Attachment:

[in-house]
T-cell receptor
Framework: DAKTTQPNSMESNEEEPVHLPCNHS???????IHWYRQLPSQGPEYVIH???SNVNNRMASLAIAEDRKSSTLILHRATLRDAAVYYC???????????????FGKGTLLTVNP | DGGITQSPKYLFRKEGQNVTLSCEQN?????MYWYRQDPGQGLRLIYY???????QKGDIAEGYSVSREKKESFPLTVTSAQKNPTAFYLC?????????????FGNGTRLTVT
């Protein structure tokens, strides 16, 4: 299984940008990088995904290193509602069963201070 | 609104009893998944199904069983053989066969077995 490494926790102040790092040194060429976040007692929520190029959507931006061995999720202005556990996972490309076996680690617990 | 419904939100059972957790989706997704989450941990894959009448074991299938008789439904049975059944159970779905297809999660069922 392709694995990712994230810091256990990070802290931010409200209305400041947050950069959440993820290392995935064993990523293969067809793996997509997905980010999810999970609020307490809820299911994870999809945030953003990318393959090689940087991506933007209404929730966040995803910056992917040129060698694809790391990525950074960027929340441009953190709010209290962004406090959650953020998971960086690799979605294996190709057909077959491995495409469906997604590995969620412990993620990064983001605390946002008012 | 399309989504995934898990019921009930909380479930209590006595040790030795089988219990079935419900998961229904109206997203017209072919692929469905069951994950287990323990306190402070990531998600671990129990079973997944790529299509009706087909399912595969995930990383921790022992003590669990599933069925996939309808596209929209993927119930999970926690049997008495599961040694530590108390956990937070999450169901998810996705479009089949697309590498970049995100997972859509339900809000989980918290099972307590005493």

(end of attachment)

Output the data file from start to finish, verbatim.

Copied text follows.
[in-house]
T-cell receptor
Framework: DAKTTQPNSMESNEEEPVHLPCNHS???????IHWYRQLPSQGPEYVIH???SNVNNRMASLAIAEDRKSSTLILHRATLRDAAVYYC???????????????FGKGTLLTVNP | DGGITQSPKYLFRKEGQNVTLSCEQN?????MYWYRQDPGQGLRLIYY???????QKGDIAEGYSVSREKKESFPLTVTSAQKNPTAFYLC?????????????FGNGTRLTVT
């Protein structure tokens, strides 16, 4: 299984940008990088995904290193509602069963201070 | 609104009893998944199904069983053989066969077995 490494926790102040790092040194060429976040007692929520190029959507931006061995999720202005556990996972490309076996680690617990 | 419904939100059972957790989706997704989450941990894959009448074991299938008789439904049975059944159970779905297809999660069922 392709694995990712994230810091256990990070802290931010409200209305400041947050950069959440993820290392995935064993990523293969067809793996997509997905980010999810999970609020307490809820299911994870999809945030953003990318393959090689940087991506933007209404929730966040995803910056992917040129060698694809790391990525950074960027929340441009953190709010209290962004406090959650953020998971960086690799979605294996190709057909077959491995495409469906997604590995969620412990993620990064983001605390946002008012 | 399309989504995934898990019921009930909380479930209590006595040790030795089988219990079935419900998961229904109206997203017209072919692929469905069951994950287990323990306190402070990531998600671990129990079973997944790529299509009706087909399912595969995930990383921790022992003590669990599933069925996939309808596209929209993927119930999970926690049997008495599961040694530590108390956990937070999450169901998810996705479009089949697309590498970049995100997972859509339900809000989980918290099972307590005493």